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Re: Zero does not Equal Zero

  • To: mathgroup at
  • Subject: [mg31281] Re: Zero does not Equal Zero
  • From: Adam Smith<adam.smith at>
  • Date: Fri, 26 Oct 2001 04:28:27 -0400 (EDT)
  • References: <9qokvl$mu2$>
  • Sender: owner-wri-mathgroup at

The problem is that you specified a non-integer value for the number of digits
of precision "21.35".  As shown below, if you set it equal to an integer things
work out as expected.  I don't know what SetPrecision does intenally when it is
a non-integer, but I agree that something strange happens.

x=SetPrecision[1234567890123456789012, 21.35];
{x-y, x-y\[Equal]0}


x=SetPrecision[1234567890123456789012, 21];
{x-y, x-y\[Equal]0}


In article <9qokvl$mu2$1 at>, Ersek, Ted R says...
>Hello Group,
>I am using Mathematica Version under Windows 98, but I suspect it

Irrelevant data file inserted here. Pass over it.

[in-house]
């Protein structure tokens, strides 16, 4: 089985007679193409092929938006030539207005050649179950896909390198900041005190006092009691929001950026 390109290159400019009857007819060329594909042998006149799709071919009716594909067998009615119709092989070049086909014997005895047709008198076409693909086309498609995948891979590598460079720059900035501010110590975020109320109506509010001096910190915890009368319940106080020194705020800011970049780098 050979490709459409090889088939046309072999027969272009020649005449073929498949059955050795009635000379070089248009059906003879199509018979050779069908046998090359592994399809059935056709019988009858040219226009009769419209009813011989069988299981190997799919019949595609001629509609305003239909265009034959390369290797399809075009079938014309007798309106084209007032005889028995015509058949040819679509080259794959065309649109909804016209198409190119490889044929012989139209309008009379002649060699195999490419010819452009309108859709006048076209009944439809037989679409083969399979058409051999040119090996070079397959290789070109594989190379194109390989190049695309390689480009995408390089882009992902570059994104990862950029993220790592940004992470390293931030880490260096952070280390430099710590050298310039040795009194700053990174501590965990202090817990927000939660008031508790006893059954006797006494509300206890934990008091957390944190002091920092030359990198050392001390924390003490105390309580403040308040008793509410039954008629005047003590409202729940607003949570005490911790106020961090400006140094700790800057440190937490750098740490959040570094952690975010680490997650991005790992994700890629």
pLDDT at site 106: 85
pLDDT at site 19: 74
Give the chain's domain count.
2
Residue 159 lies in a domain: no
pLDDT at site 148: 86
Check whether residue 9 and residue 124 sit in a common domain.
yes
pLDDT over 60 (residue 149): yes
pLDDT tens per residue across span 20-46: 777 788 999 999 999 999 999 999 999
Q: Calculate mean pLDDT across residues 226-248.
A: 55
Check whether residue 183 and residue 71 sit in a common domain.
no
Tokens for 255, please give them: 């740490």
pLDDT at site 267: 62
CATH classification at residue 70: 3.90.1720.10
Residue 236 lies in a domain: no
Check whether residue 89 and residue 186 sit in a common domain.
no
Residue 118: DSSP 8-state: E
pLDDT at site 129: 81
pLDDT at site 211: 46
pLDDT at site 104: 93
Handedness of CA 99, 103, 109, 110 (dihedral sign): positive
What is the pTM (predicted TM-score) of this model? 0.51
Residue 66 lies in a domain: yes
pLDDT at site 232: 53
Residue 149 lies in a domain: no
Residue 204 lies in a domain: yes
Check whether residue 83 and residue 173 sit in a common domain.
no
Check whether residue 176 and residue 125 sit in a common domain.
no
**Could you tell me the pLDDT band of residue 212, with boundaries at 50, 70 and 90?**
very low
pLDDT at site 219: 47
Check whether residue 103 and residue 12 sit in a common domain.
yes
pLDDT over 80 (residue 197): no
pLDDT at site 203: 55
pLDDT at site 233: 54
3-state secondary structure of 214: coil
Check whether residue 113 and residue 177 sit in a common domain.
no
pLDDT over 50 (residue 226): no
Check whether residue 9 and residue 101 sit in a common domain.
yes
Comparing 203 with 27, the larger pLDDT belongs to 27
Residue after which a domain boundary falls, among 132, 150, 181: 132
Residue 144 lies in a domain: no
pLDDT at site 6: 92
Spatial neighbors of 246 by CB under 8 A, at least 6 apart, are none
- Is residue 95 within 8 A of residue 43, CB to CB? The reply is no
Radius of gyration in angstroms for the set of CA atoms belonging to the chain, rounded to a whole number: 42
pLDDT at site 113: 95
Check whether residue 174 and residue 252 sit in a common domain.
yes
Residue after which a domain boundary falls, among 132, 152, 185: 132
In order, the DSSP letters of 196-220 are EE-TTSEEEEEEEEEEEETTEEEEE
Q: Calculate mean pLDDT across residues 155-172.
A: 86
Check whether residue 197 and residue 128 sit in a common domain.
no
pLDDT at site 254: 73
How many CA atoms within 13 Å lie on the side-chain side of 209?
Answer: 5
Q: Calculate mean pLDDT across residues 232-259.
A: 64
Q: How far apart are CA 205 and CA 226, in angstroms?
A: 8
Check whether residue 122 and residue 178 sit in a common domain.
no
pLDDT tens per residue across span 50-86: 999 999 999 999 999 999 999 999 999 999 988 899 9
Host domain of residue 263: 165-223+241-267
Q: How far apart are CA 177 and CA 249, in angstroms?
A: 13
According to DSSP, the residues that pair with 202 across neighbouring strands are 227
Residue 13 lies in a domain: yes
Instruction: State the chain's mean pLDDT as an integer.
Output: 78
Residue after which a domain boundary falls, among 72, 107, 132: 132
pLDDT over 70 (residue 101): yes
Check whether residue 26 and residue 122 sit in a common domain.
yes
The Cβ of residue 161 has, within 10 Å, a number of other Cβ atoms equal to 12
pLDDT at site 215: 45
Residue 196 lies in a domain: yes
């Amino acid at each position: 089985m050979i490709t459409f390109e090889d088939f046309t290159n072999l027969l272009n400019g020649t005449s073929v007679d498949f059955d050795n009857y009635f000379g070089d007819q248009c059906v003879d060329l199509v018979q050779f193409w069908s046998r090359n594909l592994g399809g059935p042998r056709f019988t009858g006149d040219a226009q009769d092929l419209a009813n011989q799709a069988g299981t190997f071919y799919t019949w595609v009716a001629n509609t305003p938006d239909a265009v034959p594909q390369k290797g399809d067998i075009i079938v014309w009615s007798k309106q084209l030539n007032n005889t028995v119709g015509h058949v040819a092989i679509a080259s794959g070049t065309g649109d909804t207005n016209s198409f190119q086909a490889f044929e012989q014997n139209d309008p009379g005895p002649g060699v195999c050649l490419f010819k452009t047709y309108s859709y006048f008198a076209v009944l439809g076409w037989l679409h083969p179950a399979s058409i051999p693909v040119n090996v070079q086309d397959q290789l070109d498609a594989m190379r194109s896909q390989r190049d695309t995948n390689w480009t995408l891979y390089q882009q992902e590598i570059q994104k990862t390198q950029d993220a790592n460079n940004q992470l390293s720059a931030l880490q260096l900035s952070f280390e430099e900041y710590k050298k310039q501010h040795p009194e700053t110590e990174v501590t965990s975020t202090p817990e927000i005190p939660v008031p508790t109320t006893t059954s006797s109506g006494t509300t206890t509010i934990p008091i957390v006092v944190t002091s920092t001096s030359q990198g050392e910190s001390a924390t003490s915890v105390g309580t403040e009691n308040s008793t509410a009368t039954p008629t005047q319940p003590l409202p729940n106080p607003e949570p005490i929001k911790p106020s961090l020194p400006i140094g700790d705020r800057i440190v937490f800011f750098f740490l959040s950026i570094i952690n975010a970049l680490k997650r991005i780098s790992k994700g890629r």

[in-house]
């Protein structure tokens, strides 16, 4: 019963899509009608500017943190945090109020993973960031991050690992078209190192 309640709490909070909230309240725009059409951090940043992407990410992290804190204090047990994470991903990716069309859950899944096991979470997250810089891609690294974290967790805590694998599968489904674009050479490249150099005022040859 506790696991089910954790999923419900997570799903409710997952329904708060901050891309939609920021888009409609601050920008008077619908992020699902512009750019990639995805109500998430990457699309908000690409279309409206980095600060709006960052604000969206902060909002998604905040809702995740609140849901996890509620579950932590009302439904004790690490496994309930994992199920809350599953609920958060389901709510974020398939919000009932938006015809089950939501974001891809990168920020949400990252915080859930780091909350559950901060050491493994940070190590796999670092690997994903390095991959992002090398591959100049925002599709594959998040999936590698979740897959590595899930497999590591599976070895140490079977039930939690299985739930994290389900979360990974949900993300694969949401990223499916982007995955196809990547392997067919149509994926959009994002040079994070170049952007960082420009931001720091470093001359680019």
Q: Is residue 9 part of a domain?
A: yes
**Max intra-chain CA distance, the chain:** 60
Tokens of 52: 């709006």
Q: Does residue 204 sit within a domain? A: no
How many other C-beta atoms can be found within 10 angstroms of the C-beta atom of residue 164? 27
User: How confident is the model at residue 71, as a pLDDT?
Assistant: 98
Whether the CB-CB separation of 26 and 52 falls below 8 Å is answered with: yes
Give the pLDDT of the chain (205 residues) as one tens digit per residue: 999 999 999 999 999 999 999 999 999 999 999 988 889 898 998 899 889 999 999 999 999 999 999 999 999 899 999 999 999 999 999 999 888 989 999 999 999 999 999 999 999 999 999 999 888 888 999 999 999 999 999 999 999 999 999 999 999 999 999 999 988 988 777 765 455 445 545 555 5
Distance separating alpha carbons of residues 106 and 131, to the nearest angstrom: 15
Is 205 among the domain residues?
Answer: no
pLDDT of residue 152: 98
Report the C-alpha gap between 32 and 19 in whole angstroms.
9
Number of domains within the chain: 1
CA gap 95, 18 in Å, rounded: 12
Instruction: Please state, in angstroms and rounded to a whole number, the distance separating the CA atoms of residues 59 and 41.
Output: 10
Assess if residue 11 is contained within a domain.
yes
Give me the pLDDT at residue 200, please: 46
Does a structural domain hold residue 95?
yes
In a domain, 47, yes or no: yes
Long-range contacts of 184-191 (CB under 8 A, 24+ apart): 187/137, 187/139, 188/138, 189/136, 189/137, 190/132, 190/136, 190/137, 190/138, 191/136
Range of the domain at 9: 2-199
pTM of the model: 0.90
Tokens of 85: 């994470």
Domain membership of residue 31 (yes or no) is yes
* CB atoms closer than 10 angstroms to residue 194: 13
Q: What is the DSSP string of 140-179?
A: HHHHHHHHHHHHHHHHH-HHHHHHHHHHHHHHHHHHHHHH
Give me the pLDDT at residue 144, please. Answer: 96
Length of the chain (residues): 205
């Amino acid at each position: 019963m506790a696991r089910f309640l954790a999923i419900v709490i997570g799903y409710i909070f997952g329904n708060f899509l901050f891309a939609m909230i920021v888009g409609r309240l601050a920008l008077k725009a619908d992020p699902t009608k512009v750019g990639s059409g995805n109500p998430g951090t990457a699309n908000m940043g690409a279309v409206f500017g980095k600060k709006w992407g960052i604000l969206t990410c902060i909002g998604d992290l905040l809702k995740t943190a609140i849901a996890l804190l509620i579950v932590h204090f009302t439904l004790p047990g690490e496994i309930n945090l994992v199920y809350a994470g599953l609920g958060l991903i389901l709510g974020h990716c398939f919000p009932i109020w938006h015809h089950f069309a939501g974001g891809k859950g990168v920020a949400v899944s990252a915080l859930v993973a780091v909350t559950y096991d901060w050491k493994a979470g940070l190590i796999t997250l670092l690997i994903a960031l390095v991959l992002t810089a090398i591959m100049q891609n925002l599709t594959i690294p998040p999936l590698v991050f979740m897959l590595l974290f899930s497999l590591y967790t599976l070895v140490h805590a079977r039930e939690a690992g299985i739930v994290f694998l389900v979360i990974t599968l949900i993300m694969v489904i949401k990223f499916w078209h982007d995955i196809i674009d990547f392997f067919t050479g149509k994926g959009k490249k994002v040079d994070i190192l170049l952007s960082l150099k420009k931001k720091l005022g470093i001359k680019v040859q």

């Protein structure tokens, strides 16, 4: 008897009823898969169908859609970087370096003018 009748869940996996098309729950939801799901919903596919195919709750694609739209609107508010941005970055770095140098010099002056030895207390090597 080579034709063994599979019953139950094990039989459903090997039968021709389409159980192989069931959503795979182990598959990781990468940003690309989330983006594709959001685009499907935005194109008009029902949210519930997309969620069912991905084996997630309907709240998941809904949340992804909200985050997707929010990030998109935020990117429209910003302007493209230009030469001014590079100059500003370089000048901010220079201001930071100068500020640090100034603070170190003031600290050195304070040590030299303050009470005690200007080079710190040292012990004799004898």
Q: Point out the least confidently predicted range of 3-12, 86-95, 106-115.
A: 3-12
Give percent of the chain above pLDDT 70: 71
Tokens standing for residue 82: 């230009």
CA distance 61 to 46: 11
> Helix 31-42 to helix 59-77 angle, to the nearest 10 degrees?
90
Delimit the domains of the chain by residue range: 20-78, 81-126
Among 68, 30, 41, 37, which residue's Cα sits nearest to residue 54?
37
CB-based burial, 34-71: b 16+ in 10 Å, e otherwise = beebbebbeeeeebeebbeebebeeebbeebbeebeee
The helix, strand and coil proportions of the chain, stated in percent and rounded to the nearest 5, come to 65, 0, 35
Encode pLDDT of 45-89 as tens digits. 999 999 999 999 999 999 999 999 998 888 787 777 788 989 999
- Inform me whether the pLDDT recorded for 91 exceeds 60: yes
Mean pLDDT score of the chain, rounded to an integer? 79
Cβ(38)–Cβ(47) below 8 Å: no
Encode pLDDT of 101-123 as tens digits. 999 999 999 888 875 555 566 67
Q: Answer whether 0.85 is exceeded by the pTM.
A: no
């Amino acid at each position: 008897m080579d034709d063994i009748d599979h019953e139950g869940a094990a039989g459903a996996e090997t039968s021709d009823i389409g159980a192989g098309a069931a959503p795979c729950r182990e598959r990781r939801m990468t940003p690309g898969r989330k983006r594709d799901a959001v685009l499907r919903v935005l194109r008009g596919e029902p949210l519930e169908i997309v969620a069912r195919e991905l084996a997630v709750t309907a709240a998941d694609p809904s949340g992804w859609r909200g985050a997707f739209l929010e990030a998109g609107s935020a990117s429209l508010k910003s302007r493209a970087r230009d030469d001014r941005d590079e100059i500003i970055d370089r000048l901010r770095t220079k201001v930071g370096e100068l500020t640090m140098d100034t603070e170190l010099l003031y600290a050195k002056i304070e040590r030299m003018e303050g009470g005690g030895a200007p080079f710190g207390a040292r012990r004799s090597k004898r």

>makes no difference what platform is used. 
>The following demonstrates an inconsistency with arbitrary precision
>arithmetic. The problem is that the criteria for deciding what numbers are
>displayed as zero is different from the criteria for deciding if a number
>equals zero.
>  x=SetPrecision[1234567890123456789012, 21.35];
>  y=x-6/5;
>  {x-y, x-y==0}
>  {0., False}
>For what it's worth, the next line shows that the precision of (x-y) is
>(0.0366) almost zero.
>  InputForm[x-y]
>  1.2`0.0366
>  Ted Ersek
>  Check Mathematica Tips, Tricks at

Adam Smith
Dept. of Physics
Hillsdale College
adam.smith at

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